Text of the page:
NHS Windsor and Maidenhead Clinical Commissioning Group v SP (by her litigation friend, the Official Solicitor)

Judge: Mr Justice Williams

Citation: [2018] EWCOP 11


SP was 50 years old when she suffered a cardiac arrest in October 2014. She was admitted to hospital, treated with clinically assisted nutrition and hydration (CANH) and never regained consciousness. In March 2015, she was transferred to the care of a nursing home and, in April 2015, she was diagnosed as being in a permanent vegetative state (PVS).

Two best interests meeting were held in March 2015 and October 2016 which concluded that it was in SP’s best interests to withdraw CANH and provide palliative care only. Although it was very difficult for some of them, all of SP’s family agreed that SP would not have wished to live in this condition and that it was in her best interests to with CANH.

In October 2016, the CCG approached the OS to invite him to consider a streamlined application to the court. The OS agreed to act for SP in January 2017 and investigate her case. The OS instructed an expert, Dr Hanrahan, and consulted SP’s family. Dr Hanrahan reported on 17 July 2017 and 20 November 2017. Dr Hanrahan confirmed much that the earlier doctors had concluded, namely that SP was in a PVS and that further CANH was not in SP’s best interests.

On 15-16 February 2018, the OS confirmed that he and the family were content for the application to the COP to be made on the papers. The proceedings were issued on 19 March 2018. The Court was invited to determine the application without a hearing but with the provision of a public judgment.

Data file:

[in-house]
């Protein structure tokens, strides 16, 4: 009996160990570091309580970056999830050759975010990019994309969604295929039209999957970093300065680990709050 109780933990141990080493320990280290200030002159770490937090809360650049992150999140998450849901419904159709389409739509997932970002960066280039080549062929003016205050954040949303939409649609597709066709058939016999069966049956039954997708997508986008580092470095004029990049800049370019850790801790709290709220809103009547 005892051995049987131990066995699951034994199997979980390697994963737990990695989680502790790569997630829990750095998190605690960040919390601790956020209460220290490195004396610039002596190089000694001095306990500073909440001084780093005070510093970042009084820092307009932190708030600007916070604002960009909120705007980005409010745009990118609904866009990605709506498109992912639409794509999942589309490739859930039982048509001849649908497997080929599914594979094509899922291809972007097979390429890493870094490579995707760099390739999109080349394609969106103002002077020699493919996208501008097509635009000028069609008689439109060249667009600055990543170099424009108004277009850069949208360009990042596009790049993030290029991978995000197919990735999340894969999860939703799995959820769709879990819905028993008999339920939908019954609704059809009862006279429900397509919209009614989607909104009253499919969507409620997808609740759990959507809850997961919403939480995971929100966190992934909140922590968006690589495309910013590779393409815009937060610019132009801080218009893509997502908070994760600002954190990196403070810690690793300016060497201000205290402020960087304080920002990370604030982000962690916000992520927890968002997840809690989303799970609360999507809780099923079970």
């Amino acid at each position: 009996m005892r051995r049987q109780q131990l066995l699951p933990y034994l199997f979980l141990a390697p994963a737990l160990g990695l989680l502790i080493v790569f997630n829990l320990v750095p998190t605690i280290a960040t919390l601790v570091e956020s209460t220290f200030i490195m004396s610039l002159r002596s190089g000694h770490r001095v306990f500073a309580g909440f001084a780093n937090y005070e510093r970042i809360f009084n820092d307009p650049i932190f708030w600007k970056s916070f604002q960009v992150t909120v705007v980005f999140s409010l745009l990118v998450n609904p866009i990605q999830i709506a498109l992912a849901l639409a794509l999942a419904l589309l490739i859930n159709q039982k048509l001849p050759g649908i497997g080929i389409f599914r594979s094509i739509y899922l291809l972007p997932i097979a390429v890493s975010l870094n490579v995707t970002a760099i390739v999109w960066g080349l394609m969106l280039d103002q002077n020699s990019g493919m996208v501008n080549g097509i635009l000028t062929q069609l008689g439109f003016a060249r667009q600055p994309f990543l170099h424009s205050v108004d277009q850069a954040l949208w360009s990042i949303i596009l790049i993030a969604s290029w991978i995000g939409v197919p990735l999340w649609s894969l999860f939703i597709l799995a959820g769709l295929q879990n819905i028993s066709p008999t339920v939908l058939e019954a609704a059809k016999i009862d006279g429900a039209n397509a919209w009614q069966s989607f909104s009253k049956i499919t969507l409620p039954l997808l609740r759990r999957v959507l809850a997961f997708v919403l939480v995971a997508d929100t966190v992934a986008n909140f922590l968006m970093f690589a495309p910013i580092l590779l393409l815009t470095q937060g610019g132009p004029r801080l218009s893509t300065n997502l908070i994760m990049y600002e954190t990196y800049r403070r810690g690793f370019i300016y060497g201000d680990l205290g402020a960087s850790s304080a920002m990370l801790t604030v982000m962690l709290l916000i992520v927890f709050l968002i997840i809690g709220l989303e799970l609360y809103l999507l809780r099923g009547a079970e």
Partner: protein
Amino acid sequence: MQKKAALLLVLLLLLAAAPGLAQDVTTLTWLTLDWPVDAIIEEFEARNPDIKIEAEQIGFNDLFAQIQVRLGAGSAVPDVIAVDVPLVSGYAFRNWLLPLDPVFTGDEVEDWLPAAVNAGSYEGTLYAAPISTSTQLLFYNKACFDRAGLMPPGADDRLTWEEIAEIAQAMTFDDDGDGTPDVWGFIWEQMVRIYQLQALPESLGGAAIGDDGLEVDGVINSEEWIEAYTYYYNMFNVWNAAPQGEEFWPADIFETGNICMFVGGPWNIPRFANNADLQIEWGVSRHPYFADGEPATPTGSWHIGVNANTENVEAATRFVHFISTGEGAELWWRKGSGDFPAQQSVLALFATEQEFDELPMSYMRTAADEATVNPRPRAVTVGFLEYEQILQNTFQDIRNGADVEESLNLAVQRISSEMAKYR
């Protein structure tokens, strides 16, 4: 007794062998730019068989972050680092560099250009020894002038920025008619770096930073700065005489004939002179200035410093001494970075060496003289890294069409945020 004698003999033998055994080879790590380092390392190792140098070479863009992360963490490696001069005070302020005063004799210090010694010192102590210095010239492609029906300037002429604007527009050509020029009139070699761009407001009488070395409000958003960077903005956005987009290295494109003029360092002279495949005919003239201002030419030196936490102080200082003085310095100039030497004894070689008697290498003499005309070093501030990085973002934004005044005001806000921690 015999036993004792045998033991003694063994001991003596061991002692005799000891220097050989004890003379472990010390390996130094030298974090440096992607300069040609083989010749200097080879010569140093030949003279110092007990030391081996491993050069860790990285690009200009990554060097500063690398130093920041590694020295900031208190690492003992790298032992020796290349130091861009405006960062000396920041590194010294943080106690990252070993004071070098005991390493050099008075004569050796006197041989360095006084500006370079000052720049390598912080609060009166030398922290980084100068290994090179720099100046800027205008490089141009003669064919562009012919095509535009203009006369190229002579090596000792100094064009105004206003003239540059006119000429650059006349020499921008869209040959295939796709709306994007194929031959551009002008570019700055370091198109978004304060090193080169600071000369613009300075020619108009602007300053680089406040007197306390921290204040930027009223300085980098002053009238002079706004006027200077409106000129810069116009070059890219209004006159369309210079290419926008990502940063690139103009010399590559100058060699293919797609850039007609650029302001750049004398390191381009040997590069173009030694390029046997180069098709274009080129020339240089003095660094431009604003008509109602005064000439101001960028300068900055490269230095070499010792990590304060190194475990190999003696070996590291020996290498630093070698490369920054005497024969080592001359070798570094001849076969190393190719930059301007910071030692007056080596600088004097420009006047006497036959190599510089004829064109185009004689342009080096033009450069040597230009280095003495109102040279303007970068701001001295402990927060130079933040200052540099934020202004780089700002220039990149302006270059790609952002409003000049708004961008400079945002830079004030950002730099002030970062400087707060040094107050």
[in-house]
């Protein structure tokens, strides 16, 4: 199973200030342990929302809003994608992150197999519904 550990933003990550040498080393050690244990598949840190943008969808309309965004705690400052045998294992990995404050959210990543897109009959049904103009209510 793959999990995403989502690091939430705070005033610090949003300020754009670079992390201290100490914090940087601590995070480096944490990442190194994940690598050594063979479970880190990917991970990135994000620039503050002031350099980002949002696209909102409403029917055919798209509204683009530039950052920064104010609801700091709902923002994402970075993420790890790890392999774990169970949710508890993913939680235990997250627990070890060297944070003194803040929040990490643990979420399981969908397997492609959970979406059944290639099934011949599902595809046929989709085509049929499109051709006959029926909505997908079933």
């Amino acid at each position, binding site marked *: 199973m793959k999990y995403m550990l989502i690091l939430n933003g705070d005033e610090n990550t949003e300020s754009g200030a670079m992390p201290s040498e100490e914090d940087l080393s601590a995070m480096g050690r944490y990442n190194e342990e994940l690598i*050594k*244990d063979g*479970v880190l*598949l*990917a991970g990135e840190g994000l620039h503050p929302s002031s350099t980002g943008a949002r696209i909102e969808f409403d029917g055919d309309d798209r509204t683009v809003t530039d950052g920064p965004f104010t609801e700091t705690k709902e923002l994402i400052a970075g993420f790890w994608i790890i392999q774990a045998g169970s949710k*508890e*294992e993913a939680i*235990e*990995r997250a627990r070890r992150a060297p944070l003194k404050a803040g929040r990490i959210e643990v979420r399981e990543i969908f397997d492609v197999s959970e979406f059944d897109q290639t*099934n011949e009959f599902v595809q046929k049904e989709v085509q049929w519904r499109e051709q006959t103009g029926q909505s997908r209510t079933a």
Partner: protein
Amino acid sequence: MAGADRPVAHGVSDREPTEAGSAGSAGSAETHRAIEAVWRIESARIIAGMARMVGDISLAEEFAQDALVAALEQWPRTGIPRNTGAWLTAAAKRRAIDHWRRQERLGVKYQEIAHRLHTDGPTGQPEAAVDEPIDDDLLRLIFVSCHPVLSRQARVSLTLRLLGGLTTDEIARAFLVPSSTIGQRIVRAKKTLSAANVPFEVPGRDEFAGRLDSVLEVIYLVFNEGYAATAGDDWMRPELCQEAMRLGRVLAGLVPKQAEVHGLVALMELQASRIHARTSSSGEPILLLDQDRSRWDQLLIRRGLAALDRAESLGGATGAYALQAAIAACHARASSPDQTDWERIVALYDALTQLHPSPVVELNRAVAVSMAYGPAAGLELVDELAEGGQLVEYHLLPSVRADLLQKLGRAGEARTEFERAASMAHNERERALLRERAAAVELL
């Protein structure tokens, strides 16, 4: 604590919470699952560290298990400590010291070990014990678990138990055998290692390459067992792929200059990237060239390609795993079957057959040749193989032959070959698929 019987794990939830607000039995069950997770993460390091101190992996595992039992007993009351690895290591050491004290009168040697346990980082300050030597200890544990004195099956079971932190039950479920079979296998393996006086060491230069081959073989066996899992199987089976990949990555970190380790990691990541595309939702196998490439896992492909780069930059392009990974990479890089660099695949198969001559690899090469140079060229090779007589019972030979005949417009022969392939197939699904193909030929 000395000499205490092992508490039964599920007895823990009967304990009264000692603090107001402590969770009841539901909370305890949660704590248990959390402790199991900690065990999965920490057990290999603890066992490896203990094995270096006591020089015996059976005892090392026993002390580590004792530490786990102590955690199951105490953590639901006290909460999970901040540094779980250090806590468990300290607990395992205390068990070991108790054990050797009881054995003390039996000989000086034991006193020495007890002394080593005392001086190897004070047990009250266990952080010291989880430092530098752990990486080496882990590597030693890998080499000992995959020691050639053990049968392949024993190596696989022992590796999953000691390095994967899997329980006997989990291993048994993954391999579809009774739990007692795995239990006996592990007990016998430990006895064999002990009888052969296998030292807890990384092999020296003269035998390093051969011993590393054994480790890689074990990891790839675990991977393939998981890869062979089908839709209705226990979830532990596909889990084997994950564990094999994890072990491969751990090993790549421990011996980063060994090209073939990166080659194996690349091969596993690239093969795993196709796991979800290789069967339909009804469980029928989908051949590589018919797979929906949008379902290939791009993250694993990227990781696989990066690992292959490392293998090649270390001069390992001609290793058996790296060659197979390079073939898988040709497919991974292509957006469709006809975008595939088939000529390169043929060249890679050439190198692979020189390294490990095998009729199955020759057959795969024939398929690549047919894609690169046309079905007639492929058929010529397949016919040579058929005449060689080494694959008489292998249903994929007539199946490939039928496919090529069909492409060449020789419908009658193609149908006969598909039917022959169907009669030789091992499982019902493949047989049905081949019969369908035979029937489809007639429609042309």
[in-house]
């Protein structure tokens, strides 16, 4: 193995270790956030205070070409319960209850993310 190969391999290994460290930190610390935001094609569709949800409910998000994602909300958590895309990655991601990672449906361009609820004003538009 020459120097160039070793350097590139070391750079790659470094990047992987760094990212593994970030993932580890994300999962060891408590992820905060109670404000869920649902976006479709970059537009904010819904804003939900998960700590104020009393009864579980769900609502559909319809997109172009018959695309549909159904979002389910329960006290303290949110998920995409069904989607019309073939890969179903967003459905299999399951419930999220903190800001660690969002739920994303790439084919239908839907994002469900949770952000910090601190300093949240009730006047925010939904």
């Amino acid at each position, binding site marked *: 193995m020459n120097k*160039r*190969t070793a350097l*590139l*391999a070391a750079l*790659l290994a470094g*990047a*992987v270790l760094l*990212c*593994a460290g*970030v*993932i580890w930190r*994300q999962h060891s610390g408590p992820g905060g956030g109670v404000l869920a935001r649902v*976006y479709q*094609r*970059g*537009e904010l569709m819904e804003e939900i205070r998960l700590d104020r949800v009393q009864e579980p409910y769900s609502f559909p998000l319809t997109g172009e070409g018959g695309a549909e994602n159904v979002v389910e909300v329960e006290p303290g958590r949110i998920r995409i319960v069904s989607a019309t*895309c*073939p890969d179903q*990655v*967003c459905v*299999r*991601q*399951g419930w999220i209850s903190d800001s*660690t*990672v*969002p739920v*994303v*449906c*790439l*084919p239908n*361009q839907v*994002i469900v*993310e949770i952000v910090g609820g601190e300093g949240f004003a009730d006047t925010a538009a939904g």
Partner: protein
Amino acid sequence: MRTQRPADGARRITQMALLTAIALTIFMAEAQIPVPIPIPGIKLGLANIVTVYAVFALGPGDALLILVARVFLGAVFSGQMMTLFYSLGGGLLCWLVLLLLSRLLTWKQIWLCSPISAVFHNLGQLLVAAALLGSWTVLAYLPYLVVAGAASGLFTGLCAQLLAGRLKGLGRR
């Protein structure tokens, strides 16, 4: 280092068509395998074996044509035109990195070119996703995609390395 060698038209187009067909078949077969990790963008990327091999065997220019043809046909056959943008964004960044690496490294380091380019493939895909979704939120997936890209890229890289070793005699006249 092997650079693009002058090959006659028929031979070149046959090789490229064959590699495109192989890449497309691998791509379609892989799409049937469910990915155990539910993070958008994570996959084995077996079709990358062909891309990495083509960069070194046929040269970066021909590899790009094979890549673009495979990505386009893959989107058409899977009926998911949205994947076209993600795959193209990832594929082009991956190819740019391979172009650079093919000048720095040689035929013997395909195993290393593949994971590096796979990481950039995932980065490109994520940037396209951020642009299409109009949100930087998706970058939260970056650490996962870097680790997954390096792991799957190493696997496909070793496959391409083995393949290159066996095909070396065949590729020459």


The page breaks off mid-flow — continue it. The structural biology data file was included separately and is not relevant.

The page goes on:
After setting out the legal framework and case law, Williams J held (at paragraph 35) that the following factors were most relevant in deciding that it was not in SP’s best interests to continue receiving CANH:

i) The medical evidence is clear that SP is in a permanent vegetative state with no prospect of improvement. She will never regain capacity and cannot participate in decision making.

ii) The medical benefits of CANH are limited to simply keeping her body alive. The person that was SP in so far as a person is their personality no longer exists and can never return. CANH cannot help SP to regain consciousness or to resume any part of the life she led. She derives no benefit from living save insofar as being alive in itself (albeit with no awareness of being alive) is a benefit.

iii) Palliative care will reduce to a minimum any experience that SP might have of discomfort or pain as a result of CANH being withdrawn.

iv) The evidence of her family and the nursing staff from their observations of SP is that there has been no improvement in her condition over the years and that her symptoms are consistent with her having no awareness of her surroundings. This is the experience of her closest family including her children; if she was likely to be aware of anyone it would be her children.

v) No one is motivated by a desire to bring about SP’s death but rather that it is not in her best interests to live like this.

vi) SP had expressed the view to her son whilst watching a programme about a person in a PVS that she would rather die than stay in a bed for years in that condition. SP had expressed the view that if someone close to her was ill like her father had been she would turn off the life support and not leave them in that state. I accept that she had expressed a wish not to live in the sort of situation she is now in.